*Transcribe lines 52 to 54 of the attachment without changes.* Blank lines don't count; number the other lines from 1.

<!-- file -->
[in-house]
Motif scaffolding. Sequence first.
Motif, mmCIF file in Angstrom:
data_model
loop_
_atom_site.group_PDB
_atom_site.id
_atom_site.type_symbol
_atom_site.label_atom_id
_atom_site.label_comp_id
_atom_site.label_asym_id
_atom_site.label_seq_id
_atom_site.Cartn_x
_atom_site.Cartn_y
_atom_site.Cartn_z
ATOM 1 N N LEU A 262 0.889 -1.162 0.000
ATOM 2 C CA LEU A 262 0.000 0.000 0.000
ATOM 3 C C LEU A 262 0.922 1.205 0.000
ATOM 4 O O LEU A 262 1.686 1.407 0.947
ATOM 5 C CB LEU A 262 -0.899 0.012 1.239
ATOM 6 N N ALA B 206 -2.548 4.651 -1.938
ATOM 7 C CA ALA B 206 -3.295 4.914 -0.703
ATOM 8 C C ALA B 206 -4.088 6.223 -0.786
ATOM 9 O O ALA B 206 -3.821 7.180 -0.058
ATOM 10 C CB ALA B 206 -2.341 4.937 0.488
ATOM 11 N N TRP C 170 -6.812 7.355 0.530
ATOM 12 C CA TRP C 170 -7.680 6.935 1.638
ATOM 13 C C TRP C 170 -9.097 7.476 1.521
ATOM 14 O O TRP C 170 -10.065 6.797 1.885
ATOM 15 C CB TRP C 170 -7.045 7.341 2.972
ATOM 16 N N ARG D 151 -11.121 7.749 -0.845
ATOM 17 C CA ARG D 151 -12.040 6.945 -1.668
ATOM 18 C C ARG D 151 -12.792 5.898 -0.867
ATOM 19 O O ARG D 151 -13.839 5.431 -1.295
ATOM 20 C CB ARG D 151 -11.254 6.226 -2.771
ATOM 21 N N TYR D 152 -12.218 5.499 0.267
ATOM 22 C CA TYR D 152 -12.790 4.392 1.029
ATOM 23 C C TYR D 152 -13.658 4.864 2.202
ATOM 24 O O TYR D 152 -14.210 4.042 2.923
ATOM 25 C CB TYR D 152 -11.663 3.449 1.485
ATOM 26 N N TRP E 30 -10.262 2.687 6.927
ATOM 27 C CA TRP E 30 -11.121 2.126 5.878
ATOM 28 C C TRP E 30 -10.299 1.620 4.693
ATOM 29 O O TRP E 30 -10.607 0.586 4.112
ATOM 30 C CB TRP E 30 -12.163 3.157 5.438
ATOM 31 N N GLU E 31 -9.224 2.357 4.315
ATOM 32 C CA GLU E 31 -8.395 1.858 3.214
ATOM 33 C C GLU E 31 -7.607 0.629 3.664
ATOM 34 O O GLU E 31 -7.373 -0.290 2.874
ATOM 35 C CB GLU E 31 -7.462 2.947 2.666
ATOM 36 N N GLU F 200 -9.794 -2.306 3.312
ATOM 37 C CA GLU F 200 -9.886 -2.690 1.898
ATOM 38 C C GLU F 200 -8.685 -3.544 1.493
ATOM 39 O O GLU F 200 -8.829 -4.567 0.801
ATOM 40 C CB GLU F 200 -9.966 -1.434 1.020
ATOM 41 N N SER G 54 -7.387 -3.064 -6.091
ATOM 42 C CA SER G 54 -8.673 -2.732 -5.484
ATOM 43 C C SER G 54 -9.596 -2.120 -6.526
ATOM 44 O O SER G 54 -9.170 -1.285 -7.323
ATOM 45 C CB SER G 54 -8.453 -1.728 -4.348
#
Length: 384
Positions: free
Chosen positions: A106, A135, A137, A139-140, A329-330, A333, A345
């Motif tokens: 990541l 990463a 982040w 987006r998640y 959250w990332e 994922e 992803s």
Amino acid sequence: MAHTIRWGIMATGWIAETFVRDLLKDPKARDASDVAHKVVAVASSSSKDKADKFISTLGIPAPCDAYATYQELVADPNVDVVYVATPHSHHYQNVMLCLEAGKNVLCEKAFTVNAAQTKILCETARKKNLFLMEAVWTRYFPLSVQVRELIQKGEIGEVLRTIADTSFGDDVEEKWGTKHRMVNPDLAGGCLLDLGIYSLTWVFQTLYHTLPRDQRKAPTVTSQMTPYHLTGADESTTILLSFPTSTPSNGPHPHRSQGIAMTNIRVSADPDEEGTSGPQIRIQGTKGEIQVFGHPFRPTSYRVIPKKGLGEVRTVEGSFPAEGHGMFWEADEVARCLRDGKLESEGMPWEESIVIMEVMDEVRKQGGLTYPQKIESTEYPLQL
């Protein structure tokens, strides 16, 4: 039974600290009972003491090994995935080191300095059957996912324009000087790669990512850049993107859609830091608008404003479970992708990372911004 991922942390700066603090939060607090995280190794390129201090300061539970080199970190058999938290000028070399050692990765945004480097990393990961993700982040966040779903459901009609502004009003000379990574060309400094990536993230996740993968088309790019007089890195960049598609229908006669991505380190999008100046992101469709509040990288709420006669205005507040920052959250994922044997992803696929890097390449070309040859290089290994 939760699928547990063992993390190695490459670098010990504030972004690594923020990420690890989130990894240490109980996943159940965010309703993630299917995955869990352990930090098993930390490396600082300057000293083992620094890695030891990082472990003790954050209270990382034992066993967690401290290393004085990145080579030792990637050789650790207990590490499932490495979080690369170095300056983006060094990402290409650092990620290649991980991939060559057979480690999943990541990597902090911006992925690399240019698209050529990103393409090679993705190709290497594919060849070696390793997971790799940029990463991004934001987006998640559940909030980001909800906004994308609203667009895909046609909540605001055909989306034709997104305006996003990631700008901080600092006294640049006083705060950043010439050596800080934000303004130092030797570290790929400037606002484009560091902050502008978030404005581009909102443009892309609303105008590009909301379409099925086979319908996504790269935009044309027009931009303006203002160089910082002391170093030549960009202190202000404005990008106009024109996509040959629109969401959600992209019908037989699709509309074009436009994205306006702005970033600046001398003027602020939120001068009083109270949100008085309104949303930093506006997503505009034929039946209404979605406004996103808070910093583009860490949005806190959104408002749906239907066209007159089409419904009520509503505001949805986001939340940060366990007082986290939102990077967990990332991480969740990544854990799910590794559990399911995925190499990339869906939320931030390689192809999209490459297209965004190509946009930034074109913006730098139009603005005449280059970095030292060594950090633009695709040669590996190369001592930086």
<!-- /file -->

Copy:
ATOM 37 C CA GLU F 200 -9.886 -2.690 1.898
ATOM 38 C C GLU F 200 -8.685 -3.544 1.493
ATOM 39 O O GLU F 200 -8.829 -4.567 0.801